# Nearly, but not almost, continuous

Lusin's Theorem asserts that a measurable function f is nearly continuous in the sense that for all $\epsilon>0$ there is a set S of measure less than $\epsilon$ such that f is continuous on the complement of S.

I am looking for an example of such a function which is not continuous on the complement of any measure zero set. For instance, something like the characteristic function of the rationals won't do, since it is continuous on the complement of the rationals, which is a zero set.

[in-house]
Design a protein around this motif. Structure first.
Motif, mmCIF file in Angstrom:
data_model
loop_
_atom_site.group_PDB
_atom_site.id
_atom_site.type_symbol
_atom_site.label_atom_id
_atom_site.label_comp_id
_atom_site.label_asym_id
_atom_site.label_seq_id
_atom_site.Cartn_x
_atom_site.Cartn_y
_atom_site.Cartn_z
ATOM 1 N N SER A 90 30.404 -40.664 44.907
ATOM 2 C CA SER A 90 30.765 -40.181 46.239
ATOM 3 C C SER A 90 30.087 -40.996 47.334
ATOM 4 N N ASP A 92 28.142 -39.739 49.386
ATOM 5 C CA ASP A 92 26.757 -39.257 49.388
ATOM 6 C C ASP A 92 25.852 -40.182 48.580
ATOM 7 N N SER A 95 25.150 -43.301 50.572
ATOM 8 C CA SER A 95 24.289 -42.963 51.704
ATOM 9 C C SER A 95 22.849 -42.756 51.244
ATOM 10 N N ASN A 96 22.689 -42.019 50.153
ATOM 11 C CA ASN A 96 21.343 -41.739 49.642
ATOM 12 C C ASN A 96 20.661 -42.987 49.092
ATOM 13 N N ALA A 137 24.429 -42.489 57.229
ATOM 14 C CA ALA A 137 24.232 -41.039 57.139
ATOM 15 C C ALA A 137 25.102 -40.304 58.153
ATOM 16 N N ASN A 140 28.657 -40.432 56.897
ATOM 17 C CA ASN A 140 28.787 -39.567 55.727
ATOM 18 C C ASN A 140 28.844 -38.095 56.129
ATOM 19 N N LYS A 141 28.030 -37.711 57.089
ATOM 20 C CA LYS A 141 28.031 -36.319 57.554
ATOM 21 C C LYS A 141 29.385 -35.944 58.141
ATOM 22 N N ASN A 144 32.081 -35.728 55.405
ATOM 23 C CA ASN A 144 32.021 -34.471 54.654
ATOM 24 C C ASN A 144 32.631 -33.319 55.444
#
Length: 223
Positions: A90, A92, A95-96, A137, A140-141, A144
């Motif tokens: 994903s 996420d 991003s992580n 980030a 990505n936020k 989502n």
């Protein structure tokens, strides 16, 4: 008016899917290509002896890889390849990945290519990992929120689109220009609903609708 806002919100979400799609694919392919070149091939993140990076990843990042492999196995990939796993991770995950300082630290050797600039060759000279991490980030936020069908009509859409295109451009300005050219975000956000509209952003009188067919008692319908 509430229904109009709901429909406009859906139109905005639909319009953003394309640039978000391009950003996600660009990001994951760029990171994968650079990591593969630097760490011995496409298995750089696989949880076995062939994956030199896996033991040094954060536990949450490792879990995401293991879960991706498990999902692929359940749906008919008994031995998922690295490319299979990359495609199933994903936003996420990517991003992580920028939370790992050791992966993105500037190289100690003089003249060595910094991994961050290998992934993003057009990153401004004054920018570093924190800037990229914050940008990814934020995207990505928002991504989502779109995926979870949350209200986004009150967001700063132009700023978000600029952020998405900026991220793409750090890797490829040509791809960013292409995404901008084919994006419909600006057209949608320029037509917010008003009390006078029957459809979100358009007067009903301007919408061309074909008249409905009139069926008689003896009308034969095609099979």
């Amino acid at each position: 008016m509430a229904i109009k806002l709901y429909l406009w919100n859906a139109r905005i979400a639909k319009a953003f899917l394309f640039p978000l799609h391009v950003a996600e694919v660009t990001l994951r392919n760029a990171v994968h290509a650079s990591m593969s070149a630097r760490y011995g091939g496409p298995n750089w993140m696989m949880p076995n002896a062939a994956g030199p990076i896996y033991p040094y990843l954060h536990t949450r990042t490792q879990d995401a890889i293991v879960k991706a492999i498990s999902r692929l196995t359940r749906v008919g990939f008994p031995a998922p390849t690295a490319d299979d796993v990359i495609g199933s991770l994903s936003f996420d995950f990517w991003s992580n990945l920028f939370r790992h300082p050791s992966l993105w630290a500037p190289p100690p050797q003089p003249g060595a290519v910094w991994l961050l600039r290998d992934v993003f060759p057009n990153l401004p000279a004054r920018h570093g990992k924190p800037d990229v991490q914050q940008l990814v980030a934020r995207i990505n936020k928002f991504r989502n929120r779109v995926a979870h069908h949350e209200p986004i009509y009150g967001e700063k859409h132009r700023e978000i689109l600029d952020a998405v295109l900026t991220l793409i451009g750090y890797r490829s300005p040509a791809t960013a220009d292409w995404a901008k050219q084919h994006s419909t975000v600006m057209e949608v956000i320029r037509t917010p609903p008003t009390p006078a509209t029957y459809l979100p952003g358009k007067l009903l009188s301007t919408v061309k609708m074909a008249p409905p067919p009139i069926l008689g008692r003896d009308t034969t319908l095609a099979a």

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The characteristic function of a fat Cantor set gives an example (or any closed set with positive measure and empty interior). If $C$ is such a set, and $A$ is any null set, then $\mathbb{R}\setminus A$ contains an element $x$ of $C$. Every neighborhood of $x$ intersects $\mathbb{R}\setminus C$ in a set of positive measure (because nonempty open sets have positive measure), so for all $\delta>0$, $(x-\delta,x+\delta)\setminus A$ contains elements of $\mathbb R\setminus C$. This implies that the restriction of $\chi_C$ to $\mathbb{R}\setminus A$ is discontinuous at $x$.